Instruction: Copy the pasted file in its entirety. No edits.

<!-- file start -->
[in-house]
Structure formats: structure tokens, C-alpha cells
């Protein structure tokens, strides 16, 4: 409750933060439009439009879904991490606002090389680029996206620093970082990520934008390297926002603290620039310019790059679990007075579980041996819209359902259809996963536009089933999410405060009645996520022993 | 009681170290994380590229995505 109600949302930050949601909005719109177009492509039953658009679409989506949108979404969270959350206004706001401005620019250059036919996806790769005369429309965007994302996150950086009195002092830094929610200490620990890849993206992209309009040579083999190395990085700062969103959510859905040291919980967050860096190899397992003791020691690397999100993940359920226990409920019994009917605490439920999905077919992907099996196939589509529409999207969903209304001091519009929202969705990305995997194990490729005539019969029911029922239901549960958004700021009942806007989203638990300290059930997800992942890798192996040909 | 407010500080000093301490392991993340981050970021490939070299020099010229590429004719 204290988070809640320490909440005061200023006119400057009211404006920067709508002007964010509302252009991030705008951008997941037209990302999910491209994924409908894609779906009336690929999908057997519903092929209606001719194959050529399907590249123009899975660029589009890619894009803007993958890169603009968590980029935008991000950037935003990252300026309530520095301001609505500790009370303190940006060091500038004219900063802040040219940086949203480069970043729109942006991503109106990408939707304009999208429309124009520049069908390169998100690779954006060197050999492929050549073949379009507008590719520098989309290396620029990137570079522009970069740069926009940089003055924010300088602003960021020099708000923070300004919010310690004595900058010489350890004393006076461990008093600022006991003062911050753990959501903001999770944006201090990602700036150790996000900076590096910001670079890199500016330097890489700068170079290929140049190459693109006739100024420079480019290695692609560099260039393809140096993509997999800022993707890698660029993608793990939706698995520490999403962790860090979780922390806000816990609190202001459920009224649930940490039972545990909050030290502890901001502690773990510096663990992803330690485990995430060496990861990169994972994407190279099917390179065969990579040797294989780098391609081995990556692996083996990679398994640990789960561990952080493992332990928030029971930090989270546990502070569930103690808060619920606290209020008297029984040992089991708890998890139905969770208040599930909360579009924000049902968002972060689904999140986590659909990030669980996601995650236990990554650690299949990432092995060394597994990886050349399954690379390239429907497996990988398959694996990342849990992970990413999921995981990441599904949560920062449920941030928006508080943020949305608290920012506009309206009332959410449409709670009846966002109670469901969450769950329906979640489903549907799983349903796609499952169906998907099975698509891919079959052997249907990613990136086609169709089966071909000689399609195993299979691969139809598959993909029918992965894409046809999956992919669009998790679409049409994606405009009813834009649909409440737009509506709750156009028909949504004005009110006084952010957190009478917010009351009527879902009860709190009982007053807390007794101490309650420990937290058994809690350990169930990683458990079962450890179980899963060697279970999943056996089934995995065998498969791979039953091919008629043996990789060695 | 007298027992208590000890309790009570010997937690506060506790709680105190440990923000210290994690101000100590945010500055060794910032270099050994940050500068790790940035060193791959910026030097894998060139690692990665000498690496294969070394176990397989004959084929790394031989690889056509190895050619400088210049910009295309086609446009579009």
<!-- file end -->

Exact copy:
[in-house]
Structure formats: structure tokens, C-alpha cells
């Protein structure tokens, strides 16, 4: 409750933060439009439009879904991490606002090389680029996206620093970082990520934008390297926002603290620039310019790059679990007075579980041996819209359902259809996963536009089933999410405060009645996520022993 | 009681170290994380590229995505 109600949302930050949601909005719109177009492509039953658009679409989506949108979404969270959350206004706001401005620019250059036919996806790769005369429309965007994302996150950086009195002092830094929610200490620990890849993206992209309009040579083999190395990085700062969103959510859905040291919980967050860096190899397992003791020691690397999100993940359920226990409920019994009917605490439920999905077919992907099996196939589509529409999207969903209304001091519009929202969705990305995997194990490729005539019969029911029922239901549960958004700021009942806007989203638990300290059930997800992942890798192996040909 | 407010500080000093301490392991993340981050970021490939070299020099010229590429004719 204290988070809640320490909440005061200023006119400057009211404006920067709508002007964010509302252009991030705008951008997941037209990302999910491209994924409908894609779906009336690929999908057997519903092929209606001719194959050529399907590249123009899975660029589009890619894009803007993958890169603009968590980029935008991000950037935003990252300026309530520095301001609505500790009370303190940006060091500038004219900063802040040219940086949203480069970043729109942006991503109106990408939707304009999208429309124009520049069908390169998100690779954006060197050999492929050549073949379009507008590719520098989309290396620029990137570079522009970069740069926009940089003055924010300088602003960021020099708000923070300004919010310690004595900058010489350890004393006076461990008093600022006991003062911050753990959501903001999770944006201090990602700036150790996000900076590096910001670079890199500016330097890489700068170079290929140049190459693109006739100024420079480019290695692609560099260039393809140096993509997999800022993707890698660029993608793990939706698995520490999403962790860090979780922390806000816990609190202001459920009224649930940490039972545990909050030290502890901001502690773990510096663990992803330690485990995430060496990861990169994972994407190279099917390179065969990579040797294989780098391609081995990556692996083996990679398994640990789960561990952080493992332990928030029971930090989270546990502070569930103690808060619920606290209020008297029984040992089991708890998890139905969770208040599930909360579009924000049902968002972060689904999140986590659909990030669980996601995650236990990554650690299949990432092995060394597994990886050349399954690379390239429907497996990988398959694996990342849990992970990413999921995981990441599904949560920062449920941030928006508080943020949305608290920012506009309206009332959410449409709670009846966002109670469901969450769950329906979640489903549907799983349903796609499952169906998907099975698509891919079959052997249907990613990136086609169709089966071909000689399609195993299979691969139809598959993909029918992965894409046809999956992919669009998790679409049409994606405009009813834009649909409440737009509506709750156009028909949504004005009110006084952010957190009478917010009351009527879902009860709190009982007053807390007794101490309650420990937290058994809690350990169930990683458990079962450890179980899963060697279970999943056996089934995995065998498969791979039953091919008629043996990789060695 | 007298027992208590000890309790009570010997937690506060506790709680105190440990923000210290994690101000100590945010500055060794910032270099050994940050500068790790940035060193791959910026030097894998060139690692990665000498690496294969070394176990397989004959084929790394031989690889056509190895050619400088210049910009295309086609446009579009």